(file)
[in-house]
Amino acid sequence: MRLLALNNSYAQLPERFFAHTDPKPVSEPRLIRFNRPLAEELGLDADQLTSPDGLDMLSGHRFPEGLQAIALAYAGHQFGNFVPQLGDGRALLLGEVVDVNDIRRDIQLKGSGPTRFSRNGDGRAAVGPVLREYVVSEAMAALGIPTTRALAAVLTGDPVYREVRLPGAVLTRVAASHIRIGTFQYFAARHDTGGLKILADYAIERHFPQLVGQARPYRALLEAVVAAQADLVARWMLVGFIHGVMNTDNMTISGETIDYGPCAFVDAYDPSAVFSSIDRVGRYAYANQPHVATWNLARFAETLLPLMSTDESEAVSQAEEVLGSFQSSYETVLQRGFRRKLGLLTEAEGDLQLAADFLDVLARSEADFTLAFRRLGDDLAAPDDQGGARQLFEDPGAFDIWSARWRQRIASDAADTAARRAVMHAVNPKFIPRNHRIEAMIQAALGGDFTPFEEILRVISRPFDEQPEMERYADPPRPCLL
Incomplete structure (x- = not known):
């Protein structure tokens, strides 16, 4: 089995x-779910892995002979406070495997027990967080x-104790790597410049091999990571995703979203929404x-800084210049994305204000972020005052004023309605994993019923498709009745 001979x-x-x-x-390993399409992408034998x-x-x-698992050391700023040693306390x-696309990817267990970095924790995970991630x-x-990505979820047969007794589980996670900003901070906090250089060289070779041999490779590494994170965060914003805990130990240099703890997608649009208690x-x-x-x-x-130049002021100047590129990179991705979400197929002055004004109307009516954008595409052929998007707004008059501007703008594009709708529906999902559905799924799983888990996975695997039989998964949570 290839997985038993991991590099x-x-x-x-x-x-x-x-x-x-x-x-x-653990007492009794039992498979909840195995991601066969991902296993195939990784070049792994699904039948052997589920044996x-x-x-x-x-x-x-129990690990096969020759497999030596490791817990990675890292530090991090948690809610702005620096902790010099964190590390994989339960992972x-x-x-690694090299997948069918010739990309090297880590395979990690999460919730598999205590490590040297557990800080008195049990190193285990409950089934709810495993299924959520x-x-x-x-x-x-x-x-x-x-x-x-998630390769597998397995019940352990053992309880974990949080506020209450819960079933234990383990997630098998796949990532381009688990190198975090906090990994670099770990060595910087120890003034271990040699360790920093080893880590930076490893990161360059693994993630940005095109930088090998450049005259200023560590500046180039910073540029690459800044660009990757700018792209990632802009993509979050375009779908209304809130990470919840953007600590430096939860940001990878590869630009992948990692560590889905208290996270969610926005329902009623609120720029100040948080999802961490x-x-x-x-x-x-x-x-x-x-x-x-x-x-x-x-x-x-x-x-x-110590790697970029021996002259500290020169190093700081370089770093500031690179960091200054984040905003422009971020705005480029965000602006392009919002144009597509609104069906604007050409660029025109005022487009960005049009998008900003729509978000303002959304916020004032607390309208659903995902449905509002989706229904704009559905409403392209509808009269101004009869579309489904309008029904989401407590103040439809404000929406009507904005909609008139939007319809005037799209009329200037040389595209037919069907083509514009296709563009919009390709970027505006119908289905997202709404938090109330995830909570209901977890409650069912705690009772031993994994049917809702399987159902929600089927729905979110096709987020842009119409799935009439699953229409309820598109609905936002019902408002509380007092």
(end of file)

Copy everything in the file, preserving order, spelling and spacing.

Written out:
[in-house]
Amino acid sequence: MRLLALNNSYAQLPERFFAHTDPKPVSEPRLIRFNRPLAEELGLDADQLTSPDGLDMLSGHRFPEGLQAIALAYAGHQFGNFVPQLGDGRALLLGEVVDVNDIRRDIQLKGSGPTRFSRNGDGRAAVGPVLREYVVSEAMAALGIPTTRALAAVLTGDPVYREVRLPGAVLTRVAASHIRIGTFQYFAARHDTGGLKILADYAIERHFPQLVGQARPYRALLEAVVAAQADLVARWMLVGFIHGVMNTDNMTISGETIDYGPCAFVDAYDPSAVFSSIDRVGRYAYANQPHVATWNLARFAETLLPLMSTDESEAVSQAEEVLGSFQSSYETVLQRGFRRKLGLLTEAEGDLQLAADFLDVLARSEADFTLAFRRLGDDLAAPDDQGGARQLFEDPGAFDIWSARWRQRIASDAADTAARRAVMHAVNPKFIPRNHRIEAMIQAALGGDFTPFEEILRVISRPFDEQPEMERYADPPRPCLL
Incomplete structure (x- = not known):
């Protein structure tokens, strides 16, 4: 089995x-779910892995002979406070495997027990967080x-104790790597410049091999990571995703979203929404x-800084210049994305204000972020005052004023309605994993019923498709009745 001979x-x-x-x-390993399409992408034998x-x-x-698992050391700023040693306390x-696309990817267990970095924790995970991630x-x-990505979820047969007794589980996670900003901070906090250089060289070779041999490779590494994170965060914003805990130990240099703890997608649009208690x-x-x-x-x-130049002021100047590129990179991705979400197929002055004004109307009516954008595409052929998007707004008059501007703008594009709708529906999902559905799924799983888990996975695997039989998964949570 290839997985038993991991590099x-x-x-x-x-x-x-x-x-x-x-x-x-653990007492009794039992498979909840195995991601066969991902296993195939990784070049792994699904039948052997589920044996x-x-x-x-x-x-x-129990690990096969020759497999030596490791817990990675890292530090991090948690809610702005620096902790010099964190590390994989339960992972x-x-x-690694090299997948069918010739990309090297880590395979990690999460919730598999205590490590040297557990800080008195049990190193285990409950089934709810495993299924959520x-x-x-x-x-x-x-x-x-x-x-x-998630390769597998397995019940352990053992309880974990949080506020209450819960079933234990383990997630098998796949990532381009688990190198975090906090990994670099770990060595910087120890003034271990040699360790920093080893880590930076490893990161360059693994993630940005095109930088090998450049005259200023560590500046180039910073540029690459800044660009990757700018792209990632802009993509979050375009779908209304809130990470919840953007600590430096939860940001990878590869630009992948990692560590889905208290996270969610926005329902009623609120720029100040948080999802961490x-x-x-x-x-x-x-x-x-x-x-x-x-x-x-x-x-x-x-x-x-110590790697970029021996002259500290020169190093700081370089770093500031690179960091200054984040905003422009971020705005480029965000602006392009919002144009597509609104069906604007050409660029025109005022487009960005049009998008900003729509978000303002959304916020004032607390309208659903995902449905509002989706229904704009559905409403392209509808009269101004009869579309489904309008029904989401407590103040439809404000929406009507904005909609008139939007319809005037799209009329200037040389595209037919069907083509514009296709563009919009390709970027505006119908289905997202709404938090109330995830909570209901977890409650069912705690009772031993994994049917809702399987159902929600089927729905979110096709987020842009119409799935009439699953229409309820598109609905936002019902408002509380007092």